Enhancing the reliability of environmental data in Estonia

Local news, 24.11.2011

On 24 November 2011, Switzerland and Estonia signed the first project agreement in the domain of “Environment and Infrastructure”. The project will enable the Estonian authorities to better monitor water quality, air pollution and radioactivity levels, and to localize natural hazards. Switzerland is supporting the project with a total contribution of CHF 8.5 million.

National park Laheema
Almost one-half of Estonia is covered by forests, and one-fifth by swamps, moorland and bogs. © SECO

Within the scope of the project, Switzerland will outfit Estonian laboratories and monitoring stations with state-of-the art equipment and finance the training of the personnel. In this way, in the future Estonia will be able to dispose of comprehensive and reliable environmental data. Such data is not only needed in order to comply with various EU directives, but it will also enable the Estonian authorities to make well-founded and effective decisions on measure to protect the environment.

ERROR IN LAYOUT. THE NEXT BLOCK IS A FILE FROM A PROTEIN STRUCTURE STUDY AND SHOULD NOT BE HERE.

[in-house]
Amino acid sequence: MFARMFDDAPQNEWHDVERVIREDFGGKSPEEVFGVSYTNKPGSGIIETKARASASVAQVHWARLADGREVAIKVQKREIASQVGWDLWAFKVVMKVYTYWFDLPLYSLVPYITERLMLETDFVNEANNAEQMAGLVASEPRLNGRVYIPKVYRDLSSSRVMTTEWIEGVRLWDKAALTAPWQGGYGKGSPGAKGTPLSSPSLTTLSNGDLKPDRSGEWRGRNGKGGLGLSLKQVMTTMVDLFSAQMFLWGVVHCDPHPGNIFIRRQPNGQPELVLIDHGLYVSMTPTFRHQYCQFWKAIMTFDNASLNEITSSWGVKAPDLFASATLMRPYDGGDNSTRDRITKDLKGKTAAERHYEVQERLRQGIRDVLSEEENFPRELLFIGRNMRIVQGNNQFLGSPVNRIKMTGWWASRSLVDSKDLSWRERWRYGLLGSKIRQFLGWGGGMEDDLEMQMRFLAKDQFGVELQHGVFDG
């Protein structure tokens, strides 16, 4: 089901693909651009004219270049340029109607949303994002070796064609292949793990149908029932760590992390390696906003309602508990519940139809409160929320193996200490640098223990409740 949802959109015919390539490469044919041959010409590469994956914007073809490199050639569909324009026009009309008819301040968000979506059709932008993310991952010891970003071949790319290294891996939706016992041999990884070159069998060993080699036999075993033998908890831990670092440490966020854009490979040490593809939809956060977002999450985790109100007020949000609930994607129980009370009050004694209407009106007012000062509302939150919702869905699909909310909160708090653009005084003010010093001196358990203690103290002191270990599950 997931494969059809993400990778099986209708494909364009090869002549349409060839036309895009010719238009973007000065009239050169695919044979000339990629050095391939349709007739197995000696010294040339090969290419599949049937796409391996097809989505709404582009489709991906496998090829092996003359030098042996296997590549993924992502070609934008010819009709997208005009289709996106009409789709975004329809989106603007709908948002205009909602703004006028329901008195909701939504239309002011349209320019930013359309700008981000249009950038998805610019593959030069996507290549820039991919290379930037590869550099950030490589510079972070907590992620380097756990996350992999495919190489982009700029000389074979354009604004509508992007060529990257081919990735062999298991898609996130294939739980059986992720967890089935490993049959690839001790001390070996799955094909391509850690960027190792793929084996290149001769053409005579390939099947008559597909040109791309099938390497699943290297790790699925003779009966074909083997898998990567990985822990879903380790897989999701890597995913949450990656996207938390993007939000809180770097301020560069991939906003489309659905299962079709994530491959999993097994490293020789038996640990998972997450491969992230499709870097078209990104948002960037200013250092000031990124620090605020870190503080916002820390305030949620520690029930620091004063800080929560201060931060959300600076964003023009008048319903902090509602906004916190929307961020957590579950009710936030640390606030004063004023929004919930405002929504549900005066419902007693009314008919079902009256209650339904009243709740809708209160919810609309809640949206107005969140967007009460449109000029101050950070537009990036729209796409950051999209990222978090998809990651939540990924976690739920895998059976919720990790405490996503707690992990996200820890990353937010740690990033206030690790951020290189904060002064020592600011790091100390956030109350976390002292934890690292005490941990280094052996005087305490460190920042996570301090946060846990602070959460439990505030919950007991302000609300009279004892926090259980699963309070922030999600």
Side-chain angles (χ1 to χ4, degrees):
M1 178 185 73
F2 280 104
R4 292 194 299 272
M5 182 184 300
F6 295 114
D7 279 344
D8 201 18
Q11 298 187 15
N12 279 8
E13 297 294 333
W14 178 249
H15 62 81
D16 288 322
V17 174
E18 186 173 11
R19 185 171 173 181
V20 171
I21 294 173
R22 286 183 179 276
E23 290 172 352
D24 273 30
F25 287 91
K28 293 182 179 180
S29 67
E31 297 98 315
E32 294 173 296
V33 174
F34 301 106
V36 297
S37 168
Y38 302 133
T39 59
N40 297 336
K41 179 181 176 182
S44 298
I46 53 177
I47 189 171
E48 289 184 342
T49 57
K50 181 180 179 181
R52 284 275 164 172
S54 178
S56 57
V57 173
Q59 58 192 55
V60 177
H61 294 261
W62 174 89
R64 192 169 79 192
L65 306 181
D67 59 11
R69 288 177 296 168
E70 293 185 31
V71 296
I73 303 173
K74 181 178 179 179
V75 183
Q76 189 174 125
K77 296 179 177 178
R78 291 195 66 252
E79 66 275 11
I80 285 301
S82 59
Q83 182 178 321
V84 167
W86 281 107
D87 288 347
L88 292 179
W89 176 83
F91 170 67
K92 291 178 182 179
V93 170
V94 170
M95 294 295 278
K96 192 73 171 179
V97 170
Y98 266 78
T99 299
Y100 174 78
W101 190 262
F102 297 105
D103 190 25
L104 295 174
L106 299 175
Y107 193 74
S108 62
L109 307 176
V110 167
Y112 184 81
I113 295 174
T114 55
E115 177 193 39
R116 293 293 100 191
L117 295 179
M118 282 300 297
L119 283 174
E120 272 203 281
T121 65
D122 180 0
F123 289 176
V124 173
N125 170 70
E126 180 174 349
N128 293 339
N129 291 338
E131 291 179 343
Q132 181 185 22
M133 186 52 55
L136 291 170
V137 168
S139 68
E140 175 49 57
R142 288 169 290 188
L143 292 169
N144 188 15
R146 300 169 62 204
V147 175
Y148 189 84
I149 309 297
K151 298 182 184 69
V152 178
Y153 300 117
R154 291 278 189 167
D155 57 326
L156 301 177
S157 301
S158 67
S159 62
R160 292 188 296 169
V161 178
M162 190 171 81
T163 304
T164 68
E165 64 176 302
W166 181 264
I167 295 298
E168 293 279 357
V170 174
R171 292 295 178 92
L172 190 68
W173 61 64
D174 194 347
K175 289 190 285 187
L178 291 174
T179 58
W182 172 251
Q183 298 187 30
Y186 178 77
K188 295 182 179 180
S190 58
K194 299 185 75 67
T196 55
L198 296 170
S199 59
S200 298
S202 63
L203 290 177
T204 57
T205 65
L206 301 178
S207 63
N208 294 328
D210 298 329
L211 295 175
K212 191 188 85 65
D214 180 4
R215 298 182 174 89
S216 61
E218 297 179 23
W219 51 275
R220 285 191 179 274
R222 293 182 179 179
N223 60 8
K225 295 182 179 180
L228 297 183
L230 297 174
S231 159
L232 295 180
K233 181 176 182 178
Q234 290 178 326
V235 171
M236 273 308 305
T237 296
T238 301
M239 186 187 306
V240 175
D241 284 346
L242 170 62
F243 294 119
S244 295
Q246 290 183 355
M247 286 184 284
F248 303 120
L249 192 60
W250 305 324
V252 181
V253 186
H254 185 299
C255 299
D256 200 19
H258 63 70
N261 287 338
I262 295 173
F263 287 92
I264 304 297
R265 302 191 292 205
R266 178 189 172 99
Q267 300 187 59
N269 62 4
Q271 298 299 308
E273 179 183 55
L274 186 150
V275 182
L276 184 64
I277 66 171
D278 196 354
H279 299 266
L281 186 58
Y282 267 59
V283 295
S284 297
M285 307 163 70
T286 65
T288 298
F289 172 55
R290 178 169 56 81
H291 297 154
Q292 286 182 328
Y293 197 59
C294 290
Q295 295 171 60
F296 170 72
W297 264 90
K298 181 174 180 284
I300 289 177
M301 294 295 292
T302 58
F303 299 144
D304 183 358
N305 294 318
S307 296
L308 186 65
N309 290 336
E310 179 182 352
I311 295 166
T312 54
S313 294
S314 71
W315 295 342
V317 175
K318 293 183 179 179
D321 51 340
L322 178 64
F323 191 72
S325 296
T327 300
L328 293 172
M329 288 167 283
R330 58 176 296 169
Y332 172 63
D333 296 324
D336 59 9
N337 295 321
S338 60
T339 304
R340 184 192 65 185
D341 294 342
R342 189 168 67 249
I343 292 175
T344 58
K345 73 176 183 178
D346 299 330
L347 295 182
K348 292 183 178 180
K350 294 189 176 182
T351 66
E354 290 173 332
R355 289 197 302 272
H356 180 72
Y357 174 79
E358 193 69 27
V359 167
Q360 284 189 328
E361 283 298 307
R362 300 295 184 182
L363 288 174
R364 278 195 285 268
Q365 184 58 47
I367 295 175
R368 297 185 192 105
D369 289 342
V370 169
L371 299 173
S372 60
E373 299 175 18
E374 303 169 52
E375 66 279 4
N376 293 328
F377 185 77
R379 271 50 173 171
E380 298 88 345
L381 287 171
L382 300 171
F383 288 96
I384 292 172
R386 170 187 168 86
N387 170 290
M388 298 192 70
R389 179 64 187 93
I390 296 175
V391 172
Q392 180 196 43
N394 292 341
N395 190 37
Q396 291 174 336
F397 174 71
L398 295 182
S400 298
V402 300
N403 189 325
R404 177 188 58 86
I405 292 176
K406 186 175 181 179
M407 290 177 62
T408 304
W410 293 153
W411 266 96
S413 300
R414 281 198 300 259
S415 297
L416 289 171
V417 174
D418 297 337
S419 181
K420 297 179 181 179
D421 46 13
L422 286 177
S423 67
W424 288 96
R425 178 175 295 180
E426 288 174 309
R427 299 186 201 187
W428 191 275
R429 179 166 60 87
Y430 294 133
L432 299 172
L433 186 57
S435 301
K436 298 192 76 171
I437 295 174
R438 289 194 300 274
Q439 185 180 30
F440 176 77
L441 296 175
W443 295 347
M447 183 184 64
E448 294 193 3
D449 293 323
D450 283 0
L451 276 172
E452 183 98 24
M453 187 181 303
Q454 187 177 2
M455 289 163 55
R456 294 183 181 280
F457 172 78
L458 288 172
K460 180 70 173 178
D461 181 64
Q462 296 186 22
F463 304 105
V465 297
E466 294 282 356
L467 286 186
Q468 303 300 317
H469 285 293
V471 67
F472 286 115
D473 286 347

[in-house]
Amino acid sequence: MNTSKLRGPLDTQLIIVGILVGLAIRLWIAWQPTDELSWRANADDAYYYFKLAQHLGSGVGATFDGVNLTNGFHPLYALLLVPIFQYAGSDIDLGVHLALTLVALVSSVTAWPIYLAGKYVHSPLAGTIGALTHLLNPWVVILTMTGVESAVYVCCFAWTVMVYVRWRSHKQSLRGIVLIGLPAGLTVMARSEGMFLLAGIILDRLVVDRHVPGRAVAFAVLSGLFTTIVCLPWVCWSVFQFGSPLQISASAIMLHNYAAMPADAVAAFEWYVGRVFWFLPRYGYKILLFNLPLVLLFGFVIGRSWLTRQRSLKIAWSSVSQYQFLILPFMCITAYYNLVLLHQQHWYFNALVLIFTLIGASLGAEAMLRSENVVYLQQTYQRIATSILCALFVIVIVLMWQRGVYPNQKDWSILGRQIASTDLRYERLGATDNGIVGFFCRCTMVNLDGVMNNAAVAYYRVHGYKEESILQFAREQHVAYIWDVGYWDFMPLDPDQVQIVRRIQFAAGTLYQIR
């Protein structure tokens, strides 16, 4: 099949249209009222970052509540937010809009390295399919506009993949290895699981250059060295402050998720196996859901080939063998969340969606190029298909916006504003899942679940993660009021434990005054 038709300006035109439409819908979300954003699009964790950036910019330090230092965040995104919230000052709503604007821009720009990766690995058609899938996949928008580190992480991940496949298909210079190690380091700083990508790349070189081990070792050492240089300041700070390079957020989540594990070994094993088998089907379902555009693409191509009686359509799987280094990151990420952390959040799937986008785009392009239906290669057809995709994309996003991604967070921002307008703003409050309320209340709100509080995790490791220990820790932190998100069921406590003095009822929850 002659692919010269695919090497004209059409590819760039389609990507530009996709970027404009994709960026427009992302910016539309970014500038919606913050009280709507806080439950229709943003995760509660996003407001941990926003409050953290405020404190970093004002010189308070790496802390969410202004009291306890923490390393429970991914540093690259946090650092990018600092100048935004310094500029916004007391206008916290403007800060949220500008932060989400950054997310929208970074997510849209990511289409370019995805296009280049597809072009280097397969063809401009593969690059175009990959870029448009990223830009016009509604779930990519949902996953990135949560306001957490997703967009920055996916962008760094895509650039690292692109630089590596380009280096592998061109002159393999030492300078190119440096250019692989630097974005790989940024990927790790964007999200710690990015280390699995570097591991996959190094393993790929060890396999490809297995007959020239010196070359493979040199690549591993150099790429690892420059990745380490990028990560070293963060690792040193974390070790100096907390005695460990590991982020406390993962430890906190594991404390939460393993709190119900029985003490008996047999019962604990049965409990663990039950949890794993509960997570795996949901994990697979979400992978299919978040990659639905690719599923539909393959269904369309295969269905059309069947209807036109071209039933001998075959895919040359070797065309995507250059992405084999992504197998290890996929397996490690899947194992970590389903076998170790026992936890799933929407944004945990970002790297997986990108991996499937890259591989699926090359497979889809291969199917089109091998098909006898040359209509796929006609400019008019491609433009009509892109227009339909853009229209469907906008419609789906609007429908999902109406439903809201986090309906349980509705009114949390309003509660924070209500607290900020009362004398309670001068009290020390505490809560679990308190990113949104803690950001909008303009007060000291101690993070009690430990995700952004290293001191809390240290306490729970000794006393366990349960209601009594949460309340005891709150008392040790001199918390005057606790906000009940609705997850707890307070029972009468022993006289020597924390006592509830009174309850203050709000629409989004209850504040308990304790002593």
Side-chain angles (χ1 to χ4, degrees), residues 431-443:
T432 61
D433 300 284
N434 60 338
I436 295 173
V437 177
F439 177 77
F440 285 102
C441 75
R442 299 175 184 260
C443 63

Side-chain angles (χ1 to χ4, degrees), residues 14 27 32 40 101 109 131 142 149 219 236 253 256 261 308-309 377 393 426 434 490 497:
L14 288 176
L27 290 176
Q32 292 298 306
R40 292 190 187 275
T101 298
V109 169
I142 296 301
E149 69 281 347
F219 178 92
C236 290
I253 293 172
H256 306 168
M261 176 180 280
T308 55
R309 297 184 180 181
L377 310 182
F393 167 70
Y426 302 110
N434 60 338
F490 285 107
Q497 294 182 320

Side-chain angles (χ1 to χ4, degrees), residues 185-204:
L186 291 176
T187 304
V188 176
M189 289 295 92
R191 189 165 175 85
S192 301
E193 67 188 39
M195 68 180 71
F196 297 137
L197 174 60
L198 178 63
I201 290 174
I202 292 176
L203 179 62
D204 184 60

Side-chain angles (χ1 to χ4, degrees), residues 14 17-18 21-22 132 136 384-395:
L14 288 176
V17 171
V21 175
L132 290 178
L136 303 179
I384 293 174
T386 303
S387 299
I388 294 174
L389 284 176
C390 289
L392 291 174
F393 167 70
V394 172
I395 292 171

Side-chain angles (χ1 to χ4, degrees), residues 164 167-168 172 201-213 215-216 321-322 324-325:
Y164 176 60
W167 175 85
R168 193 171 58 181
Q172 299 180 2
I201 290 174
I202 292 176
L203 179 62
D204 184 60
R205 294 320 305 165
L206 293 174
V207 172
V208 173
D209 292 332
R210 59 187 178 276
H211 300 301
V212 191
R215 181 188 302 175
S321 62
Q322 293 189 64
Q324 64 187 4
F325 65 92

For Estonians, nature is important

A student in general ecology at the University of Bern spent her internship examining how the project executing agency could inform Estonians about the Swiss infrastructure projects in an effective manner. Early 2011, she travelled through Estonia and interviewed 13 persons. Among her questions was one on the significance of nature for the population of Estonia. Here are a few quotations from the persons interviewed:

“There are a large amount of swamps or moorlands where one can go hiking.”

“Estonia boasts of a pristine nature. The population density is extremely low. This makes it possible to stroll kilometres through the woods and nature without seeing a house or other people.”

“A thousand kilometres of seacoast with beautiful sandy beaches.”

“Estonia has islands where every day the people still wear their national costumes and preserve their own culture.

“1500 lakes – little lakes where you can enjoy a good swim in the summer.”

“A whole lot of Estonians love to go to the forests and pick berries or look for mushrooms.”

“Whoever can afford it either buys himself a farm or builds a summer house somewhere near the water.”

Estonian Environmental Research Center
Thanks to training and new equipment, for example the specialists at the Estonian environmental research centre will in future be able to analyse 33 harmful substances in Estonia's waters. Among other things, the aim is to prevent harmful substances from getting into the food chain. © SECO